The Christchurch
Brick Show
LUG 4/2



In this session, students use LEGO to explore what makes a good story, including devices like plot, character and setting. Stories can be presented to the group, sent back to school, or used later in a stop motion movie-making session! We can tailor storytelling sessions to age and topic, and focus on oral or written language.

Age range: 5-8 years old (Years 0-3)

Session Length: 60-90 minutes (dependent on age and ability)

Price: $6.50 per child per hour (Minimum $80 per hour)

Capacity: Up to 50 children

  • - Characters are important to a story because their knowledge and skills determine how they react to events and people
  • - The setting of a story can create situations for characters to overcome
  • - A plot has a beginning, a middle and an end. Characters need to be established first, encounter a problem second, and ultimately overcome the problem.



As a group and in pairs, students discuss elements of character, set, and plot. The group will use LEGO props to tell a story, before breaking into small groups to plan, enact and share their own story. You may opt for a written storytelling session, though we recommend this for Years 3 and above only. All groups share their story with the group, using their LEGO characters and set to act it out.


We are learning to:

    • - Use plot points to create drama
    • - Develop characters
    • - Create a setting relevant to our story



  • Speaking, Writing and Presenting:  Purposes and Audiences (Levels 1-3)
  • - Recognise how to shape texts for a purpose and an audience. (Level 1)
  • - Show some understanding of how to shape texts for different purposes and audiences. (Level 2)
  • - Show a developing understanding of how to shape texts for different purposes and audiences. (Level 3)

  • Speaking, Writing and Presenting:  Ideas (Levels 1-4)
  • - Form and express ideas on a range of topics. (Level 1)
  • - Select, form, and express ideas on a range of topics. (Level 2)
  • - Select, form, and communicate ideas on a range of topics. (Level 3)
  • - Select, develop, and communicate ideas on a range of topics. (Level 4)

  • Speaking, Writing and Presenting:  Structure (Levels 1-2)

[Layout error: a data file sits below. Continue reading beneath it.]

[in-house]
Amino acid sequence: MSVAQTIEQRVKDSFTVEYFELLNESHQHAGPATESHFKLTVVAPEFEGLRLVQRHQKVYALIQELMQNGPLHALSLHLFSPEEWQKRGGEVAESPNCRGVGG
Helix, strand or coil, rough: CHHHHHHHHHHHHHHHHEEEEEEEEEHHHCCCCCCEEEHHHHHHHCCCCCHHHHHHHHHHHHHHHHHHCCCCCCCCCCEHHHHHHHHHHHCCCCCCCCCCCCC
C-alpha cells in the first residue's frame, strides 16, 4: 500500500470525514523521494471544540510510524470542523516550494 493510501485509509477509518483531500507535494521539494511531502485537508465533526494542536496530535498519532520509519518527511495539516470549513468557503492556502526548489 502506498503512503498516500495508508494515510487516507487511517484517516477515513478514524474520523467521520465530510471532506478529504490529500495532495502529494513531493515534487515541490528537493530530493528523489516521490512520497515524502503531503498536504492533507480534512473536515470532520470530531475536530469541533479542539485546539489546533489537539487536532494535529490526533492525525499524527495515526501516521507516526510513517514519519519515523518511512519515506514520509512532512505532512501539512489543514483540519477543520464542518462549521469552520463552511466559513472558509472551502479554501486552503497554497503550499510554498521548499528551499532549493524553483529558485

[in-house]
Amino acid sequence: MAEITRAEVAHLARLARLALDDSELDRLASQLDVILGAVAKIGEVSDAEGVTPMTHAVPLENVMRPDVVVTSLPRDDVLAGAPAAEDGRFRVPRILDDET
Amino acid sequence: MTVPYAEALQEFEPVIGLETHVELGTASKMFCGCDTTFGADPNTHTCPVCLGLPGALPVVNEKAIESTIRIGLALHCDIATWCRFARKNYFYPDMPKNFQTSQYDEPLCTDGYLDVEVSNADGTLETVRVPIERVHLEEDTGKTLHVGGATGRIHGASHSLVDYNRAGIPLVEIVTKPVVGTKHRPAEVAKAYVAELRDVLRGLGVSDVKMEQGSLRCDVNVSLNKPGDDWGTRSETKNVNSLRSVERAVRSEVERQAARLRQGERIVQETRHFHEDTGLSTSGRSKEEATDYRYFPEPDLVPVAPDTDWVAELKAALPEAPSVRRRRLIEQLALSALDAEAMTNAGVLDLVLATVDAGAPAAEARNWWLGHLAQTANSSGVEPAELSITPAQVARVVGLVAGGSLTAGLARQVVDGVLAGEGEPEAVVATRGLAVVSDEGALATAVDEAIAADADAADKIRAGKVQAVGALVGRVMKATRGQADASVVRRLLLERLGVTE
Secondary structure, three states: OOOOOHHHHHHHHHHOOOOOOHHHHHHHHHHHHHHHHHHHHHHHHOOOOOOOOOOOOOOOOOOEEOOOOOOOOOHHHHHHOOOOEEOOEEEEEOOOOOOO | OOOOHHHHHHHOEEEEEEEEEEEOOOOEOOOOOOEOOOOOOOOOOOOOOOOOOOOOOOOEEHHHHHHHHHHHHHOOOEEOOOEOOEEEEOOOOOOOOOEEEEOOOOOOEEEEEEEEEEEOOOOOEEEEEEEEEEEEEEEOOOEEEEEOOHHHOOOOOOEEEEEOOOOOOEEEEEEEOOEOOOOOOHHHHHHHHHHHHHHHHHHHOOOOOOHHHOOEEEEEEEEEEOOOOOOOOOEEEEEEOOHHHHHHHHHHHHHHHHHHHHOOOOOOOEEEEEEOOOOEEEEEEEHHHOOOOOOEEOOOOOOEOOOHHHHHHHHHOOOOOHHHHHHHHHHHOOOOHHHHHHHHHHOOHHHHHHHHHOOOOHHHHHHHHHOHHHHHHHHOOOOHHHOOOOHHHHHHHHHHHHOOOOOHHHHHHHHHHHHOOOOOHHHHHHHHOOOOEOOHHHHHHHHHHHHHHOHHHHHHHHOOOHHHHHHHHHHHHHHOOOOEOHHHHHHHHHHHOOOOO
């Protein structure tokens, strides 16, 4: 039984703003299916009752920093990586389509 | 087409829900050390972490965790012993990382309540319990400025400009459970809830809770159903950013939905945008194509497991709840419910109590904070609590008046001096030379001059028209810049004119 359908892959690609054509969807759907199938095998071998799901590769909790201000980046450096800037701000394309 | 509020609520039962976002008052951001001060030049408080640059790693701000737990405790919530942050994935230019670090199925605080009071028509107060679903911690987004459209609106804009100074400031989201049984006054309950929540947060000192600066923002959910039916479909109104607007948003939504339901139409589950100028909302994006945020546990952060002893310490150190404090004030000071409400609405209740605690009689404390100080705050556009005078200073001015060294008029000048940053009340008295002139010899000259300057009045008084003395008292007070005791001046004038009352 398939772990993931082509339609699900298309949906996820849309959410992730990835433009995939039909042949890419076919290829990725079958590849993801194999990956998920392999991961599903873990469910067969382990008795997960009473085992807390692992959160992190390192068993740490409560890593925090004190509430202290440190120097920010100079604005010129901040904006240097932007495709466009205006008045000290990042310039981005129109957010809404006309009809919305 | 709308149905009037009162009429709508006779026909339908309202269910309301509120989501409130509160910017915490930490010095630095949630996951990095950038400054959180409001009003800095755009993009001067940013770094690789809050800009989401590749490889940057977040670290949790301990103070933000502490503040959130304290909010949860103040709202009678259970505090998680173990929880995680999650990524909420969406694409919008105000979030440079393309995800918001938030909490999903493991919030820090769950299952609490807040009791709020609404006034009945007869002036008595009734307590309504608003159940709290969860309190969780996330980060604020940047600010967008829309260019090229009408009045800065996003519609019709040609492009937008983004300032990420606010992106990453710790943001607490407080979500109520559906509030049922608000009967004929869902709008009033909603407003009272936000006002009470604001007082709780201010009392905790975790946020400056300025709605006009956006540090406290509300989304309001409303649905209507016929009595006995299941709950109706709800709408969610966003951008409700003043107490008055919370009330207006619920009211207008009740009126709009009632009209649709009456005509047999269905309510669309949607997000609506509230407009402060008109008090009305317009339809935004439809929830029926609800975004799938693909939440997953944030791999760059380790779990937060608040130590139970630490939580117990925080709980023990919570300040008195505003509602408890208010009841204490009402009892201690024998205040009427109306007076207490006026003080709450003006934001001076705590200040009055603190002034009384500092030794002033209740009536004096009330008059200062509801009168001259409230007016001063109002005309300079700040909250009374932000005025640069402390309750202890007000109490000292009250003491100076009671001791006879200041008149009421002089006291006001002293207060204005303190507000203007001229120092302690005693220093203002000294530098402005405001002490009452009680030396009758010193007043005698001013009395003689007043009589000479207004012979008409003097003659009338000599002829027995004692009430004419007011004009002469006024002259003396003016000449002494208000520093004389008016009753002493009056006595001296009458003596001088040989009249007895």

• - Organise texts, using simple structures. (Level 1)
  • - Organise texts, using a range of structures. (Level 2)

The Arts

  • Drama:   Developing Practical Knowledge (Levels 1-2)
  • - Explore the elements of role, focus, action, tension, time, and space through dramatic play. (Level 1)
  • - Explore and use elements of drama for different purposes. (Level 2)

  • Drama:   Developing Ideas (Levels 1-4)
  • - Contribute and develop ideas in drama, using personal experience and imagination. (Level 1)
  • - Develop and sustain ideas in drama, based on personal experience and imagination. (Level 2)
  • - Initiate and develop ideas with others to create drama. (Level 3)
  • - Initiate and refine ideas with others to plan and develop drama. (Level 4)

  • Drama:  Communicating and Interpreting (Levels 1-2)
  • - Share drama through informal presentation and respond to ways in which drama tells stories and conveys ideas in their own and others’ work. (Level 1)
  • - Share drama through informal presentation and respond to elements of drama in their own and others’ work. (Level 2)

Health and Physical Education

  • Relationships with Other People:  Identity, Sensitivity, and Respect (Levels 1-2)
  • - Demonstrate respect through sharing and co-operation in groups. (Level 1)
  • - Describe how individuals and groups share characteristics and are also unique. (Level 2)


  • Thinking:
  • Students think creatively to generate story elements such as character, setting and plot.
  • Using language, symbols and text:
  • students explore language devices and symbolism as they relate to storytelling, and practice oral language skills through sharing ideas with the group and in pairs.
  • Managing Self:
  • Students practice library-appropriate behaviour throughout their visit.
  • Relating to Others:
  • Students utilise theory of mind to explore what they can reasonably expect their audience to know about a character, their back story and a setting in order to tell an effective, impactful story. 
  • Participating and contributing: 
  • Students share ideas with the group and in pairs throughout this class.


More resources are coming soon, but in the meantime why not check out our free worksheets?


Enquire about a booking below